Frosted Orange lights up the after-party with debut album
The group's self-titled debut fits squarely into the Noot dâ€™ Noot lineage while serving to advance its own narrative.
&lt;a href="http://frostedorange.bandcamp.com/album/frosted-orange"&gt;Frosted Orange by Frosted Orange&lt;/a&gt;
After the funk party juggernaut Noot d’ Noot ended its run a few years back, the members scattered in various directions, towards new bands, DJ gigs, and guest spots. One of these new projects is Frosted Orange. Featuring Crib Notes music writer Mathis Hunter on guitar and vocals, Dr. Kinje on tenor sax and vocals, Richard D. Morris, Jr. on keys, Andrew Morrison on bass, and Lee Corum on drums, the band has unveiled its self-titled debut LP. Despite the tangible connection to its musical past, the album stands on its own merits.
Recognizing most of the members’ names from Noot d’ Noot and its extended, heavily intertwined family doesn’t much prepare listeners for the album. Wildcard drummer Corum drives the music into uncharted territory. Known for his quick, precise drumming with the Purkinje Shift, he brings the same intensity to Frosted Orange. The album opens with a commanding roll that wouldn’t feel out of place on a surf album. The rest of the opening track, “Ride the Pine,” moves with a quickness. Atop Corum’s foundation ride Kinje’s tenor sax and Morris’s plinking keys. For its choruses and solo, Hunter’s guitar straddles the line between hard rock and '80s metal. On “Spin a Yarn,” the band doesn’t stray far from the '60s psych-folk ground that Hunter trod on his 2010 solo album Soft Opening.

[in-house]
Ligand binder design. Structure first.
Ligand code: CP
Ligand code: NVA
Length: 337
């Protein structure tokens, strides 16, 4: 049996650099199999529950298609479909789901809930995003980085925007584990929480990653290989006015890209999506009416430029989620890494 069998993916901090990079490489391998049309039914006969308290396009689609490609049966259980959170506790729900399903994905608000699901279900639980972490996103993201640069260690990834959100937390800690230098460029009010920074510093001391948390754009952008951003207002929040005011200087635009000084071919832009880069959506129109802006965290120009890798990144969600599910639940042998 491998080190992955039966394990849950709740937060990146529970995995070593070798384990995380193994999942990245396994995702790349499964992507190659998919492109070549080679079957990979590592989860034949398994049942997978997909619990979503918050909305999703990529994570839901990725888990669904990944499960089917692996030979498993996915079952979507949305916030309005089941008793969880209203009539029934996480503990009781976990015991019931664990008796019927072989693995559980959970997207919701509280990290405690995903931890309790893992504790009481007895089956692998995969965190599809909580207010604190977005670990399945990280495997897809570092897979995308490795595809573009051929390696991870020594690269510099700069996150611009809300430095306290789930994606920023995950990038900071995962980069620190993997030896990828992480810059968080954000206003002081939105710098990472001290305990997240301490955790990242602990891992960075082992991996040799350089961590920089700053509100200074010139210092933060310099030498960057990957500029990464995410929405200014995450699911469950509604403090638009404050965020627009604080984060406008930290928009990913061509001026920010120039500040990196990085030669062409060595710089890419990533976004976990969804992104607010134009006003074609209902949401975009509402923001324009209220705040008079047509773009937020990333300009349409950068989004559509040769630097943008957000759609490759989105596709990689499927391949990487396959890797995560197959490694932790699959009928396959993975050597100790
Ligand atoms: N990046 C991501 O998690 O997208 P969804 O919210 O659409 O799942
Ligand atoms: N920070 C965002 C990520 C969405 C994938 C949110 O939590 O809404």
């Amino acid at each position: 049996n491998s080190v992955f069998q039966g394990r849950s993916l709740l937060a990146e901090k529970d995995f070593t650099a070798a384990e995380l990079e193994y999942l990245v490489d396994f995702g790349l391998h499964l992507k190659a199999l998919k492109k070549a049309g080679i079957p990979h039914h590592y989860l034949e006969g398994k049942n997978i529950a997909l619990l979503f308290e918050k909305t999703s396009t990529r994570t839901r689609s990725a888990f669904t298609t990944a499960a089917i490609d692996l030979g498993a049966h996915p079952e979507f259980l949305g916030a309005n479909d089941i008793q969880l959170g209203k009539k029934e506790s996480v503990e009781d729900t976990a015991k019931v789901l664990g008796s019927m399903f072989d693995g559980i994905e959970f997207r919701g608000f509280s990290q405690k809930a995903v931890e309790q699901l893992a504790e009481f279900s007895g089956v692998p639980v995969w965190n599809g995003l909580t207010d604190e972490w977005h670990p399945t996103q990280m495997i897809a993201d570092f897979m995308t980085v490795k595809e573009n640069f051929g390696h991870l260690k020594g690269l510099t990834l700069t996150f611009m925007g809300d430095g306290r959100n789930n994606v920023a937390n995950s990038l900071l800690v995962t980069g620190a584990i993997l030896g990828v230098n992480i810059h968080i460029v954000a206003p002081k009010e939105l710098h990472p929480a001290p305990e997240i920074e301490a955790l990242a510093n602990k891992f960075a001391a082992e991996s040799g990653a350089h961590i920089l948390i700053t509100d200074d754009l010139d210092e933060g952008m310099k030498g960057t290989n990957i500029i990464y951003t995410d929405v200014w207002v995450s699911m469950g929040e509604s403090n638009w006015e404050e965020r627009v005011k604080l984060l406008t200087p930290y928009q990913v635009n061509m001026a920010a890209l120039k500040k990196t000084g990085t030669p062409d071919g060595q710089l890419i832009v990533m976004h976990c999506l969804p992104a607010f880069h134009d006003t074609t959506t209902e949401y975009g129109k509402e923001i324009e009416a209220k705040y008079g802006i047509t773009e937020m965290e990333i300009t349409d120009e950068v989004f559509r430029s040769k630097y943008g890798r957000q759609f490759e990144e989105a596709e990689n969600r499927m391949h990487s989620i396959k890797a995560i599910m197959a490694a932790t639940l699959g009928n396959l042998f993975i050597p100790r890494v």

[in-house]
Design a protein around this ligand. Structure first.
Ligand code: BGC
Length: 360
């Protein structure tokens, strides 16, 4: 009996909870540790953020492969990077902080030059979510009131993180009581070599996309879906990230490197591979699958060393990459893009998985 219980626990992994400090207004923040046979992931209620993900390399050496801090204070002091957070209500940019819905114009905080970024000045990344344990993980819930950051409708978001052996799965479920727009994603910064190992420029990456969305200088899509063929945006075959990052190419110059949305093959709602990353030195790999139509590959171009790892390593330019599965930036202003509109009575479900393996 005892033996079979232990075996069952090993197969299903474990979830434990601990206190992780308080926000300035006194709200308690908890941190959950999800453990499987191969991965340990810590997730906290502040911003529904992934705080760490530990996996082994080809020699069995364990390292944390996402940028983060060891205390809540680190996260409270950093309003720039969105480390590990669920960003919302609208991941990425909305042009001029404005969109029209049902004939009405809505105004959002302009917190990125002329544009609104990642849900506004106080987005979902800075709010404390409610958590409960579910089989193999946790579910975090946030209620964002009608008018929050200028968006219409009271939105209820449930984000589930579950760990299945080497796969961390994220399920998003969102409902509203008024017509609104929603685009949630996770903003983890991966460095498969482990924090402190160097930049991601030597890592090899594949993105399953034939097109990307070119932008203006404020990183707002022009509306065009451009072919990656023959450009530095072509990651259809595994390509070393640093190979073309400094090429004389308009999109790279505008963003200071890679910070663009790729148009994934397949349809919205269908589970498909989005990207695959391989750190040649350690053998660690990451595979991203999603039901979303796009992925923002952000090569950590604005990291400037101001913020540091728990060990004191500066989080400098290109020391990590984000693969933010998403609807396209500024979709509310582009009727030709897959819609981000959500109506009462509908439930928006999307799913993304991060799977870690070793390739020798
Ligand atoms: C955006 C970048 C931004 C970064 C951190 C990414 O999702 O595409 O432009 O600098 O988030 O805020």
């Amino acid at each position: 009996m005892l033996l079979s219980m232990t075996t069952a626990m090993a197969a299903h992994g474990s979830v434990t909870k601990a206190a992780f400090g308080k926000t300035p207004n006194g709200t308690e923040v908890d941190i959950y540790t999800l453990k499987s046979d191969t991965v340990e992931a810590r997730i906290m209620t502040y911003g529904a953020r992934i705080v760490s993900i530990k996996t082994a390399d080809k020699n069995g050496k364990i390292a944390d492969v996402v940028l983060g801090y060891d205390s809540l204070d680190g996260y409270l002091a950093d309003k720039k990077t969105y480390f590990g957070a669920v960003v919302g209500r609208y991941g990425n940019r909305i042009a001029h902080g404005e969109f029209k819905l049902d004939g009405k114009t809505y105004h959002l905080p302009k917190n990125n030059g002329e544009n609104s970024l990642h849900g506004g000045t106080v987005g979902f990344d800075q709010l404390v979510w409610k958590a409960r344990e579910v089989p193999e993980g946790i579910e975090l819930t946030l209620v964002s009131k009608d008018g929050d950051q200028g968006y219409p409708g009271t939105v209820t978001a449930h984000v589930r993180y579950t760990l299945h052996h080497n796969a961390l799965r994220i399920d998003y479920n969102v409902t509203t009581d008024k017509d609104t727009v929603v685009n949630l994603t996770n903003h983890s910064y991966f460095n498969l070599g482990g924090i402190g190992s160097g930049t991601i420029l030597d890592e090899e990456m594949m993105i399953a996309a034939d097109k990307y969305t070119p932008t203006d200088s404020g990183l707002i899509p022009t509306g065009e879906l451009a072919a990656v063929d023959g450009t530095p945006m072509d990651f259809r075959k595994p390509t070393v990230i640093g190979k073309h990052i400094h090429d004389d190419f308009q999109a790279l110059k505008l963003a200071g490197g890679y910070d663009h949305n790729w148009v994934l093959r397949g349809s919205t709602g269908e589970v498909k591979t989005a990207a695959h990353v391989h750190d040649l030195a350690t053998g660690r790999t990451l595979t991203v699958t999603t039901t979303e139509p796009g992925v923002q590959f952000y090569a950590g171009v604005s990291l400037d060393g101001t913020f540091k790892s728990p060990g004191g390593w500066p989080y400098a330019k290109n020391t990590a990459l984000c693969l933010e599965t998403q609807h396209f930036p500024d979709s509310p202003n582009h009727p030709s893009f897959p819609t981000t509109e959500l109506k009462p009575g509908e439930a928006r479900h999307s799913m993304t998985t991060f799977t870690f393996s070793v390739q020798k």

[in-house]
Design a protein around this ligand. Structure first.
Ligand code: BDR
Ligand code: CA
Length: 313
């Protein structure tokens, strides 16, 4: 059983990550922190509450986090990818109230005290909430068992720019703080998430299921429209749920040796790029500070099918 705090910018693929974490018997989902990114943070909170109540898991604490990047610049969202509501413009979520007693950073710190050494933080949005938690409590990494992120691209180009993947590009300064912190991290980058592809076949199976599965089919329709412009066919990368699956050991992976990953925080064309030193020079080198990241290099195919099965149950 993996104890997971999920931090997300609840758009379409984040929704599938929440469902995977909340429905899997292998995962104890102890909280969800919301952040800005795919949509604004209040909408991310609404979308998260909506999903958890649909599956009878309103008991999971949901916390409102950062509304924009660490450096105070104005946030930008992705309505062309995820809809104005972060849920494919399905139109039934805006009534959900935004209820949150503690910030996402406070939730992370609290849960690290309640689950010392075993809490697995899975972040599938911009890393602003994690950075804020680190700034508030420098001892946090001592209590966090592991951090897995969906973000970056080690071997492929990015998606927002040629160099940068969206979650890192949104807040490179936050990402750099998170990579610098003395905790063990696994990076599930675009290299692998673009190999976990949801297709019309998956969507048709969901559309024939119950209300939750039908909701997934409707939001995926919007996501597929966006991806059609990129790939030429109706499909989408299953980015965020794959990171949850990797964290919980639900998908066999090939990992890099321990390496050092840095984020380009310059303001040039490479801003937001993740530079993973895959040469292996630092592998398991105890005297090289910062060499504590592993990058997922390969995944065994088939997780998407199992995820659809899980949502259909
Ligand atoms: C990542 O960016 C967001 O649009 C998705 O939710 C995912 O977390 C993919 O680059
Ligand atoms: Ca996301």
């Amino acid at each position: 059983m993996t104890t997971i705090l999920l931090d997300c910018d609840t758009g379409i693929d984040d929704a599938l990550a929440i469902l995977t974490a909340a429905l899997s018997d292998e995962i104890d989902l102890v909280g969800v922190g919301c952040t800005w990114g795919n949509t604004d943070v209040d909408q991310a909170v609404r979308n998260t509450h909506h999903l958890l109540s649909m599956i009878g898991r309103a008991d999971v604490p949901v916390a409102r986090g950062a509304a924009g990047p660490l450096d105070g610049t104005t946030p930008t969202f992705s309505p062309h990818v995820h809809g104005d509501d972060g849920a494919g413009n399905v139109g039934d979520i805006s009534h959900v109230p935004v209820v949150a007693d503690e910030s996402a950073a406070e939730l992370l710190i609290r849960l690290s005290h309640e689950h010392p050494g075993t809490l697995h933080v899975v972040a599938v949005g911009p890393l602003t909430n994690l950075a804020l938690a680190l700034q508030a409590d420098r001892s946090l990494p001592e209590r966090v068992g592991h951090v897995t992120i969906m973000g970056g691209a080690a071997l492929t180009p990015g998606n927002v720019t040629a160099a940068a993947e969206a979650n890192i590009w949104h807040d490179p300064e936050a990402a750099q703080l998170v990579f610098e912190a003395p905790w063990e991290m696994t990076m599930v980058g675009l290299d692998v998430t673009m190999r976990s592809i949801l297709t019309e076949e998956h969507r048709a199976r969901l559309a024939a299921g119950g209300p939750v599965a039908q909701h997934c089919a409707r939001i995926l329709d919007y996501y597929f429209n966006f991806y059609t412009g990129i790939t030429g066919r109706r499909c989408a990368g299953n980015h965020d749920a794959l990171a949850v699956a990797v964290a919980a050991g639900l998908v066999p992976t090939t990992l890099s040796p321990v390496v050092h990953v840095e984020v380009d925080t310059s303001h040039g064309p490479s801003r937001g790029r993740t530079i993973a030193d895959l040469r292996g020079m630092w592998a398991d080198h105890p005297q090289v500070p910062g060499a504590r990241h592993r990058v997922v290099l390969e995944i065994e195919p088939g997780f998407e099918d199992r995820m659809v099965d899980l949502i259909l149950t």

“Nobody Asked” sounds somewhat familiar with Noot d’ Noot-style funk wanderings, but the more guitar-driven nature of the song separates Frosted Orange from its predecessor. “The Fifth Horseman” and album closer “Strange Wine” have a definite jazz-fusion flavor, and the duel between lead guitar and tenor sax on “Boudin” mirror the epic stylings of John Coltrane. Roadhouse blues shuffle “Don't Mean Nothing” sticks out in the middle of the album, adding some variety to the jazz stylings that form Frosted Orange's basis. The album covers a lot of jazz territory, and takes equally compelling detours.
Frosted Orange has plenty of variety — perhaps, on paper, too much. In practice, though, it works due to the deft, capable performers that make up the band. Driving beats and compelling solos work together to push the album into the stratosphere.The near virtuosic playing never comes at the expense of great songs and a cohesive album. Frosted Orange’s debut fits squarely into the Noot d’ Noot lineage while serving to advance its own narrative. There’s no telling where this project will go, but there’s joy in watching it unfold. ★★★★☆